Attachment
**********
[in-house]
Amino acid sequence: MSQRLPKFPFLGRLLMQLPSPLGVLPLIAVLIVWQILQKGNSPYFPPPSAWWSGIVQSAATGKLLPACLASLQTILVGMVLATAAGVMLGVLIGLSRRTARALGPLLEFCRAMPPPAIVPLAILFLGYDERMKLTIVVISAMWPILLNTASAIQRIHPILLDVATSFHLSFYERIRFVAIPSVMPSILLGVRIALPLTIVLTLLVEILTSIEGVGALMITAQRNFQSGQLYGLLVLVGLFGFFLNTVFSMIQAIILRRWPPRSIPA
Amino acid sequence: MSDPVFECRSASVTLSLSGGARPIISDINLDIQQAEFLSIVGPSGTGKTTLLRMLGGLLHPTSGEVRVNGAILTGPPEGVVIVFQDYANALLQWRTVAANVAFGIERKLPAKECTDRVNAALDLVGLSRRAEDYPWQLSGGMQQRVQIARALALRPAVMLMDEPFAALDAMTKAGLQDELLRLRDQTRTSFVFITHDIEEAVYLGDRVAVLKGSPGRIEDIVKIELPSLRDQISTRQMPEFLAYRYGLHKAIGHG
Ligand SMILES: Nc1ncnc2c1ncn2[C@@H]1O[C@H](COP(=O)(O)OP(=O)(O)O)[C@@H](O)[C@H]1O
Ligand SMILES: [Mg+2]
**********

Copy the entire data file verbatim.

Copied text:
[in-house]
Amino acid sequence: MSQRLPKFPFLGRLLMQLPSPLGVLPLIAVLIVWQILQKGNSPYFPPPSAWWSGIVQSAATGKLLPACLASLQTILVGMVLATAAGVMLGVLIGLSRRTARALGPLLEFCRAMPPPAIVPLAILFLGYDERMKLTIVVISAMWPILLNTASAIQRIHPILLDVATSFHLSFYERIRFVAIPSVMPSILLGVRIALPLTIVLTLLVEILTSIEGVGALMITAQRNFQSGQLYGLLVLVGLFGFFLNTVFSMIQAIILRRWPPRSIPA
Amino acid sequence: MSDPVFECRSASVTLSLSGGARPIISDINLDIQQAEFLSIVGPSGTGKTTLLRMLGGLLHPTSGEVRVNGAILTGPPEGVVIVFQDYANALLQWRTVAANVAFGIERKLPAKECTDRVNAALDLVGLSRRAEDYPWQLSGGMQQRVQIARALALRPAVMLMDEPFAALDAMTKAGLQDELLRLRDQTRTSFVFITHDIEEAVYLGDRVAVLKGSPGRIEDIVKIELPSLRDQISTRQMPEFLAYRYGLHKAIGHG
Ligand SMILES: Nc1ncnc2c1ncn2[C@@H]1O[C@H](COP(=O)(O)OP(=O)(O)O)[C@@H](O)[C@H]1O
Ligand SMILES: [Mg+2]